There are quite a few copies of the 1926 first edition of Winnie the Pooh presently on the market. If price is no barrier one of the nicer items offered comes from London bookseller Peter Harrington asking £8,750 (pounds) for a first edition signed by the author and illustrator on the title page.



Willing to up the ante? Harrington also lists a copy of the signed extra limited edition, number 14 of 20 copies on Japanese vellum signed by both author and illustrator for £35,000. Harrington’s web page states that the first edition of “Winnie-the-Pooh” was first published in the UK in three issues: an extra limited issue of 20 vellum copies, a limited issue of 350. His stock of these and other books by AA Milne can be found at www.peterharrington.co.uk/authors/a-a-milne.



All manner of kitsch and Disneyana in every conceivable incarnation reside at the other end of the price spectrum. There are over 28,000 Pooh related items sold within the last 90 days on eBay ranging from plastic guitar picks picturing the bear that cost 15 cents each to a lot with all four first editions minus dust jackets which sold for about $3,082. In addition to books, other Pooh merchandise and collectibles included toys, games, movies, animation cels, art work, clothing, figurines, dishes, decals, patches, pins, stickers, pet supplies and much more.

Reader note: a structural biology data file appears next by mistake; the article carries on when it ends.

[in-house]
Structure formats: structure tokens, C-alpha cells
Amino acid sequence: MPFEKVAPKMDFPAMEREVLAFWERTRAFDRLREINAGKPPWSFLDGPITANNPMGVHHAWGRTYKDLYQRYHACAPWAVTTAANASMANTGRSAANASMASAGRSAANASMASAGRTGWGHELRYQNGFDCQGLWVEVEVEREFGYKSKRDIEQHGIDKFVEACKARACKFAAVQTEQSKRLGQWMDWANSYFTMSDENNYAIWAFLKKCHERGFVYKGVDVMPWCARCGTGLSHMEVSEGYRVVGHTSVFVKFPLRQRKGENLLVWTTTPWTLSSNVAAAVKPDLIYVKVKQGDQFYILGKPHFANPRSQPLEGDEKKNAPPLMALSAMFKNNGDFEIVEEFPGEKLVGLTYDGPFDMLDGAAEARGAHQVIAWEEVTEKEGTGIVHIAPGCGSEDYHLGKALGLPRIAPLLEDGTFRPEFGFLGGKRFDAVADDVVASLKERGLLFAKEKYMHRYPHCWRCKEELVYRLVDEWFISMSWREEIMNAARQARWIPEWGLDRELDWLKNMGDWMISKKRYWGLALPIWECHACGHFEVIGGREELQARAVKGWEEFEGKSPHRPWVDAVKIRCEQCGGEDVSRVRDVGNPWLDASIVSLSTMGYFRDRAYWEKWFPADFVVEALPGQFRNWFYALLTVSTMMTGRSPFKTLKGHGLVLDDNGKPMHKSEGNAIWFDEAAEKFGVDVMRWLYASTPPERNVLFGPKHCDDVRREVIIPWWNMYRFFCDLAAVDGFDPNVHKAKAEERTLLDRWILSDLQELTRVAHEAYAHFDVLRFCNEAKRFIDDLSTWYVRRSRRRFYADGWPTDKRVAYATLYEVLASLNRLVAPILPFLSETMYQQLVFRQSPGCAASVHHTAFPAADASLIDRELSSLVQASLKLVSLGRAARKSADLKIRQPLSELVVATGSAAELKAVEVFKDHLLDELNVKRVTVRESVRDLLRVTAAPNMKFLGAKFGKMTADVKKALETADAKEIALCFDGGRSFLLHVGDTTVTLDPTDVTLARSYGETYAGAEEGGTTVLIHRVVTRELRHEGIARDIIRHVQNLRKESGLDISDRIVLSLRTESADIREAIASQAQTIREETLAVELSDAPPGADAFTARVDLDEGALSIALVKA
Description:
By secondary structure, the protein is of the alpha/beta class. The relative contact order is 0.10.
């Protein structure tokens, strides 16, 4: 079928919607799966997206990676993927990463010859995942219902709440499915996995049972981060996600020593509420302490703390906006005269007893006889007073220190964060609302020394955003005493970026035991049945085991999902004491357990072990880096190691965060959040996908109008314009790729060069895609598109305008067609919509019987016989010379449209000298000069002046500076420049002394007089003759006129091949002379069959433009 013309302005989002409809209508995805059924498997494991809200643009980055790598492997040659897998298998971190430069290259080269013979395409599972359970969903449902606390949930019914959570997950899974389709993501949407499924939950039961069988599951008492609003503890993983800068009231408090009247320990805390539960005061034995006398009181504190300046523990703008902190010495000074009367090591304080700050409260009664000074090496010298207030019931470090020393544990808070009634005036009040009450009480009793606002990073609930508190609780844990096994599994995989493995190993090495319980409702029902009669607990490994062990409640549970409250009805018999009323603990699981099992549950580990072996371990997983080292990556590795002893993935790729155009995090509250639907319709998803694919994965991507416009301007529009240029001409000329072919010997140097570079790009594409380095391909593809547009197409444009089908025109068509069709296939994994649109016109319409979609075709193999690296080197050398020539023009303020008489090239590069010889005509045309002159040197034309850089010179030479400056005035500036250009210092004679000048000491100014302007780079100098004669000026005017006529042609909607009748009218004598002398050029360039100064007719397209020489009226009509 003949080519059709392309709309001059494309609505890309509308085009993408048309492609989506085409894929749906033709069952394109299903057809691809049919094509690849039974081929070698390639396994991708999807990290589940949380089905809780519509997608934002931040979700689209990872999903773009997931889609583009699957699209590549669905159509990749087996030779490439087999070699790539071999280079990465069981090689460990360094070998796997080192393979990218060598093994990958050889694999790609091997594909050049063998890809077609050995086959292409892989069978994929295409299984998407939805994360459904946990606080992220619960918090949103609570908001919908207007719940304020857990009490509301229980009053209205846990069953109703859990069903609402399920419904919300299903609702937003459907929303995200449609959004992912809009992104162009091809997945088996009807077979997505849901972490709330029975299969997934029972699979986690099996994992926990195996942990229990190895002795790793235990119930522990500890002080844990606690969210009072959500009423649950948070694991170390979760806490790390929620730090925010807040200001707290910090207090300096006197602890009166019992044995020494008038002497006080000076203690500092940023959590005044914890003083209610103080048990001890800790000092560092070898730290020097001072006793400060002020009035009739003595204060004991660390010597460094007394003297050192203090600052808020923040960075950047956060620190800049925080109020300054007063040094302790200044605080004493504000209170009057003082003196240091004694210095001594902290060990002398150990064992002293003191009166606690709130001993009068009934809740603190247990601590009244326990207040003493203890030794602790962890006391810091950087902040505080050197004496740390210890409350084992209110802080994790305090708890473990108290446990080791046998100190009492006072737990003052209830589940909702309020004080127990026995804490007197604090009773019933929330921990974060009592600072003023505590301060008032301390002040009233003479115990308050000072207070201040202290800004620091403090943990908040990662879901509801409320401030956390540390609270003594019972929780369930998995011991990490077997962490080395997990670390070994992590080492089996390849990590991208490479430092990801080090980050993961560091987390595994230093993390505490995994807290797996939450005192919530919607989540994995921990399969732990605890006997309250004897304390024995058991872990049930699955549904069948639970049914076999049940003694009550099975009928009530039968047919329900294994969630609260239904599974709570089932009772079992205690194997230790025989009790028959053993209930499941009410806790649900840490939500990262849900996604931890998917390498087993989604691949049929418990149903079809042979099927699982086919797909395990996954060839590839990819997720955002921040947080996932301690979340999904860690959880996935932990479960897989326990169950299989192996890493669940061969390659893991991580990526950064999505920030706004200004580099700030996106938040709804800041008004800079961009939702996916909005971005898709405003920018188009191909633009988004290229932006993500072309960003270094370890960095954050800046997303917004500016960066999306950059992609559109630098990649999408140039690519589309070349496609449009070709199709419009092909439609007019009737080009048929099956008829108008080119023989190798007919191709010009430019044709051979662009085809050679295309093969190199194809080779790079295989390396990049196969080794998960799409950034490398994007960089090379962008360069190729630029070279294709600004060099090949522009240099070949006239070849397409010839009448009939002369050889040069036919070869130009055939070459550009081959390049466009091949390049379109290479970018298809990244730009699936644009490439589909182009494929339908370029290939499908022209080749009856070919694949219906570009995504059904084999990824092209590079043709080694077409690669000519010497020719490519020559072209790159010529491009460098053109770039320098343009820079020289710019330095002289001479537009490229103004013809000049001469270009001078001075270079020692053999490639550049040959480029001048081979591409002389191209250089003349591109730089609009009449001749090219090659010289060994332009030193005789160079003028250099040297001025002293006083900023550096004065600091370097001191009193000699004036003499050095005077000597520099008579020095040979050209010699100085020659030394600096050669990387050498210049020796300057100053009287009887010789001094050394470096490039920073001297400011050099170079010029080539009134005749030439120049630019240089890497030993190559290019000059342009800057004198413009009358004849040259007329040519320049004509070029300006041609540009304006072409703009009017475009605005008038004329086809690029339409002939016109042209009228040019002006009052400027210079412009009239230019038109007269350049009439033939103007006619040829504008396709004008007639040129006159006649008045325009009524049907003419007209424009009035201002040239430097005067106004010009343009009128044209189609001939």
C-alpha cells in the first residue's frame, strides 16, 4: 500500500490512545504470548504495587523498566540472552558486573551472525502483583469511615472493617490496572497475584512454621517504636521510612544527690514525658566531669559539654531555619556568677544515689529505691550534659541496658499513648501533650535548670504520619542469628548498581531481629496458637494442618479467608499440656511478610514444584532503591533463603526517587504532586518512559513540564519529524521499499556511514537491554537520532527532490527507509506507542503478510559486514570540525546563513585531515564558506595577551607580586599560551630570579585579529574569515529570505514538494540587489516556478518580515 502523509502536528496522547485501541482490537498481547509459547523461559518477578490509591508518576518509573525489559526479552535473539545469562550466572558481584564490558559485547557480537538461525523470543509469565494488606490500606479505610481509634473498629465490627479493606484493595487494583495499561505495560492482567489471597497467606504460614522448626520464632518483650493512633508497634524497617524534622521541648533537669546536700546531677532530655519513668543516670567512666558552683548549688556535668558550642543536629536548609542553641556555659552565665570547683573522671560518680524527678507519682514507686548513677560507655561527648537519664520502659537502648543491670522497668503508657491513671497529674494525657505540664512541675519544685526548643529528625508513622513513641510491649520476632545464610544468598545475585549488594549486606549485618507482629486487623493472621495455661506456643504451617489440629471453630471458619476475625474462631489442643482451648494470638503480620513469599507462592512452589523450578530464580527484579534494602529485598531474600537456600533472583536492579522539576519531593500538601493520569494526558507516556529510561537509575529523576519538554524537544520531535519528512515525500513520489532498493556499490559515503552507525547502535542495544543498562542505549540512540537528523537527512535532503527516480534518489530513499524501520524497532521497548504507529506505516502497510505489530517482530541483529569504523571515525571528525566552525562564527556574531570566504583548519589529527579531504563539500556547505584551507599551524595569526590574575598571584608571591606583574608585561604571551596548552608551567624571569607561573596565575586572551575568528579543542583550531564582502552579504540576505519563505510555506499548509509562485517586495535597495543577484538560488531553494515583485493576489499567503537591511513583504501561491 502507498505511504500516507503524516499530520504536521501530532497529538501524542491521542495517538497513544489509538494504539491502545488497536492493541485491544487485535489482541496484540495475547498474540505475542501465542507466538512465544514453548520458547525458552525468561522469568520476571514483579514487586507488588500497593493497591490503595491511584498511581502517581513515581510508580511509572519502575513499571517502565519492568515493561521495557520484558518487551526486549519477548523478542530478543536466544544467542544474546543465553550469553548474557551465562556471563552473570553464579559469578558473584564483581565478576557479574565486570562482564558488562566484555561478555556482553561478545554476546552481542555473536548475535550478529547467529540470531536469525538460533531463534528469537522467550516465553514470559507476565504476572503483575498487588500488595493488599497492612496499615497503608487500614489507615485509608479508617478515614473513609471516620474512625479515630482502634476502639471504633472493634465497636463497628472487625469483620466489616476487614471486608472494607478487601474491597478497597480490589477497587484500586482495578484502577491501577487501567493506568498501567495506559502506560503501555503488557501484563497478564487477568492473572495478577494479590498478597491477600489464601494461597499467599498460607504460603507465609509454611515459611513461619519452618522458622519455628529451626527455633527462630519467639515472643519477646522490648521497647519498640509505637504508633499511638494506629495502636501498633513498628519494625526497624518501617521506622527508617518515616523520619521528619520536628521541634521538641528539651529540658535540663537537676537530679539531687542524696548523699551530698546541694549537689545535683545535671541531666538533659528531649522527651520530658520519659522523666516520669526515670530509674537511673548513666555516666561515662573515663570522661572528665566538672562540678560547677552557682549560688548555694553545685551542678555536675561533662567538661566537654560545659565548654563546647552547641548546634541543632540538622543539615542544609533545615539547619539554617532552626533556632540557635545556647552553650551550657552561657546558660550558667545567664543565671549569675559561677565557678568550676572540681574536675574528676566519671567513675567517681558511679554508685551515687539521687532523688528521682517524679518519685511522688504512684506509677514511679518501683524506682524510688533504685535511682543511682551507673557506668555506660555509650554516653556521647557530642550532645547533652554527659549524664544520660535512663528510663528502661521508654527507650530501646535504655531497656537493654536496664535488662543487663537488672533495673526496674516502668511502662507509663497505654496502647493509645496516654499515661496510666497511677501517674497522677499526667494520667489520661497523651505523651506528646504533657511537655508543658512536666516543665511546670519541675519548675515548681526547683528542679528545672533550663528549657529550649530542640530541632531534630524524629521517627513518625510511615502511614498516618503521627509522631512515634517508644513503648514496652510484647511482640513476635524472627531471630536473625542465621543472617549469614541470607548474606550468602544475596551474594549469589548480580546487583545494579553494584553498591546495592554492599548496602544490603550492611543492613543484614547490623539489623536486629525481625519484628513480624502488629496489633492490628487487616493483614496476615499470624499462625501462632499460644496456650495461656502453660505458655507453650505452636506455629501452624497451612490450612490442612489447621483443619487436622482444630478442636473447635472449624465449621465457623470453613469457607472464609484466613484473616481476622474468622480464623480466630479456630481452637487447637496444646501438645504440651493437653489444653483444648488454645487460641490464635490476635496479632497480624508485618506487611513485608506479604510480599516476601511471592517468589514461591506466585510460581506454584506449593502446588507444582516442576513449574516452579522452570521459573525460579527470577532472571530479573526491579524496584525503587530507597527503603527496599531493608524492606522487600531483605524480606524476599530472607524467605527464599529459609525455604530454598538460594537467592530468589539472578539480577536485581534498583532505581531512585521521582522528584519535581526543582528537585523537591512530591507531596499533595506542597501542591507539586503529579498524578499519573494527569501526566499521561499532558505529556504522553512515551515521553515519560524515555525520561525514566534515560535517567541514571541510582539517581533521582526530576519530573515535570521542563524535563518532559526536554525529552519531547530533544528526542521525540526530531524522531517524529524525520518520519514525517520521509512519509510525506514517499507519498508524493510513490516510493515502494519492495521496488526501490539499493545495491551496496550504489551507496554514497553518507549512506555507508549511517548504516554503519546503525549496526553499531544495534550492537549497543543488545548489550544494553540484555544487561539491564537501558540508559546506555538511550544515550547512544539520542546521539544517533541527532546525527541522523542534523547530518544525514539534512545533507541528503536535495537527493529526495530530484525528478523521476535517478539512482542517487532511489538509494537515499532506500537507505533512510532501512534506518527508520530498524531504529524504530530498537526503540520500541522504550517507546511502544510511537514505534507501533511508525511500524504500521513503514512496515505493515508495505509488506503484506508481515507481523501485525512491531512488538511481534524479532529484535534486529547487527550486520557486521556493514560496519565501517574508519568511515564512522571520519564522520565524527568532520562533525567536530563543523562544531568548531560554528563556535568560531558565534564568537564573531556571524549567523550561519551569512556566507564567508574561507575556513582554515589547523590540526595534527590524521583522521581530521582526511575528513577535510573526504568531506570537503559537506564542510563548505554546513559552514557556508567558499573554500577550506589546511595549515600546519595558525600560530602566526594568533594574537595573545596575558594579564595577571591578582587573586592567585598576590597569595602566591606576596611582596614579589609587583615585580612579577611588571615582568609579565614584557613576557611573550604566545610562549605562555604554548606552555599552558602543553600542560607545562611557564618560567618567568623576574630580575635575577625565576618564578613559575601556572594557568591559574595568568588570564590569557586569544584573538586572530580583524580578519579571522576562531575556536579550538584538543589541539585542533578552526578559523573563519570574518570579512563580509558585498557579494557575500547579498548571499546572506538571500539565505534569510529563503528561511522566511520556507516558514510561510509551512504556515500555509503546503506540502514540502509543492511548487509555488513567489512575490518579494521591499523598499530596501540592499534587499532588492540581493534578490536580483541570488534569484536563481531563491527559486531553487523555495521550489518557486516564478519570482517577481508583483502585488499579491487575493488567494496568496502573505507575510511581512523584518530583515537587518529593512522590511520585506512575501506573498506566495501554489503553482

However abundant and diverse the supply of Pooh books and Pooh related merchandise, the 100th anniversary is a scant decade off in 2026, and by then we can expect the hoopla machinery to be fully engaged. In the meantime, if you’re curious about the points for the first edition a short video titled “Winnie-the-Pooh”: How to identify first edition of the book” posted by Browsers' Bookstore & WikiEdition.com does a nice job of explaining them: www.youtube.com/watch?v=iZbrq8cLEI4

Rare Book Monthly

  • Sotheby’s
    Modern First Editions
    Available for Immediate Purchase
    Sotheby’s, Available Now: Winston Churchill. The Second World War. Set of First-Edition Volumes. 6,000 USD
    Sotheby’s, Available Now: A.A. Milne, Ernest H. Shepard. A Collection of The Pooh Books. Set of First-Editions. 18,600 USD
    Sotheby’s, Available Now: Salvador Dalí, Lewis Carroll. Alice's Adventures in Wonderland. Finely Bound and Signed Limited Edition. 15,000 USD
    Sotheby’s
    Modern First Editions
    Available for Immediate Purchase
    Sotheby’s, Available Now: Ian Fleming. Live and Let Die. First Edition. 9,500 USD
    Sotheby’s, Available Now: J.K. Rowling. Harry Potter Series. Finely Bound First Printing Set of Complete Series. 5,650 USD
    Sotheby’s, Available Now: Ernest Hemingway. A Farewell to Arms. First Edition, First Printing. 4,200 USD
  • Manuscript Masterpieces from the Schøyen Collection
    London auction, 11 June
    BROWSE NOW
    Christie’s, Explore now: The Holkham Hebrew Bible. In Hebrew, decorated manuscript on vellum [Toledo, 2nd quarter 13th century]. £1,500,000–3,000,000
    Christie’s, Explore now: The Crosby-Schøyen Codex. In Coptic, manuscript on papyrus [Upper Egypt, middle 3rd century / 4th century]. £2,000,000–3,000,000
    Christie’s, Explore now: The Geraardsbergen Bible. In Latin, illuminated manuscript on vellum [Southern Netherlands, late 12th century]. £700,000–1,000,000